Saturday, October 30, 2010

Exercise for the Choice Muscle

[Originally posted Sept. 4 2010 on]

My friend Alex saw the Light.  He made the Big Decision not to drink any more.  Ever.  On the way home from church, he passed his favorite liquor store.  He made the small decision to turn into its parking lot. 

My friend Sandy had had it with drugs.  While walking in the park, she made the Big Decision to get clean.  At the edge of the park, she could turn left or right.  She decided to turn left, where she usually ran into her dealer.

Moral:  the Big Decisions need the support of the small decisions, or they crash.  The old alcoholic support groups came close to this lesson with the slogan, “One day at a time.”  But at the beginning, it’s more like one minute at a time, or even one second.  What matters is the choices we make while the clock ticks.  The small decisions.  

Addiction is the enemy of decision-making.  Addiction is dictatorial.  As we saw in my previous blog entry, chronic use of addictive substances impairs the brain’s synaptic plasticity.  Major brain circuits become rigid, sclerotic, like arthritic joints.  Our decision-making muscles become enfeebled. 

De-addiction, it follows, must exercise the choice circuits in the brain.  We need to give the prefrontal cortex, the center of executive functionality that makes our brains anatomically human, a steady progression of challenges to think, weigh, and choose.  Repeating slogans and formulas or reciting memorized life stories won’t do a thing for our decision-making organ.  Only persistent decision-making exercise will strengthen its capacity. 

Let’s begin with the body.  Do I have externally visible marks of my substance use?  Do I have red veins in my face, drug stains on my fingers, receding gums, puncture marks, etc.?  Do I have hidden body damage, such as liver damage, heart problems, malnutrition, etc?  Is my diet what it should be?  Am I getting the exercise I need?  Are my teeth properly cared for?  Is my mental state satisfactory?  And if not, what exactly should I do about all of that?  What is my plan?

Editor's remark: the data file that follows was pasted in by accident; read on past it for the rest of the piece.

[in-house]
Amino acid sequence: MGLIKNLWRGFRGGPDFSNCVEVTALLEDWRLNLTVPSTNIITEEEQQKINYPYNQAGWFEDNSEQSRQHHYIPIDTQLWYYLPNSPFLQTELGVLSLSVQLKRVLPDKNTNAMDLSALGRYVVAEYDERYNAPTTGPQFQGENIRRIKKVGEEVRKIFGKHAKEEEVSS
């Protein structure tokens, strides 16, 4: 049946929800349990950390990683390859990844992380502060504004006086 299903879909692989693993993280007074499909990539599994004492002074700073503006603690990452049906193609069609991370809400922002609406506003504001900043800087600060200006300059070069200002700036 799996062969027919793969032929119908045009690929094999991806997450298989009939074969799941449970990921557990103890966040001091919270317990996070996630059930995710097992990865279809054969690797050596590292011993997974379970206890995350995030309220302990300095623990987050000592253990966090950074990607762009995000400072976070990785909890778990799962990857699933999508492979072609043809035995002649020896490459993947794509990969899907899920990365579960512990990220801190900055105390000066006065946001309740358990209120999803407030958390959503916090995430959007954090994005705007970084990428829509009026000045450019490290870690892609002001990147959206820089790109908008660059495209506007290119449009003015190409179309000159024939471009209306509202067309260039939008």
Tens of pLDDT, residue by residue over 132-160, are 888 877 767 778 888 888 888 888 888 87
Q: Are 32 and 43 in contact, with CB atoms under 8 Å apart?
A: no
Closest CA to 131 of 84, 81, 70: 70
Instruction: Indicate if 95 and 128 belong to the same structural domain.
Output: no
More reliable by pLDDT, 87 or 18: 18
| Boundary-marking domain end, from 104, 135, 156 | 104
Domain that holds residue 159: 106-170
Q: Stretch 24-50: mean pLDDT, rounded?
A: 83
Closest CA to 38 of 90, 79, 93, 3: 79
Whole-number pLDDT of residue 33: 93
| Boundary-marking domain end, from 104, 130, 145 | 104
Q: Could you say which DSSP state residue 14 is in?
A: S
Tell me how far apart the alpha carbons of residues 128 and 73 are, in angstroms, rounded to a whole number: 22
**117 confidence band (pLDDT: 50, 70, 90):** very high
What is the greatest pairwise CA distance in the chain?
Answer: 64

Let’s consider my immediate surroundings.  Are there drugs (including alcohol) in my home?  In my car?  At school or work?  Do I have objects that trigger thoughts of drinking/using in my environment?  Where are the ‘hot spots’ of danger in my daily travels, and how can I avoid them?  Make a map!
How do I spend my time?  What about the people with whom I associate?  What is the condition of my emotional life?  Is my lifestyle helpful to my recovery, or not?  What aspects of my personal history are assets to my new life, and what aspects drag me back?  Am I prepared to handle the many mixed messages about drinking/using in my culture?  Is my treatment and support group program optimum for my needs?  Am I prepared to handle near-relapse situations?  Make a plan! 

Our LifeRing meetings focus on the small decisions that people make from day to day.  In my years of attending LifeRing meetings, I’ve heard literally thousands of detailed, particular questions that have challenged all kinds of people in recovery.  I’ve distilled and organized these questions into nine major topic areas and put them into a workbook, Recovery by Choice.  It’s an exercise book for the prefrontal cortex.  It’s like a body-building gym on paper.  Your sober self enters as a 90-lb weakling, and comes out as buff as Aniruddha.  

[The reference is to Aniruddha Bose, a founder of]

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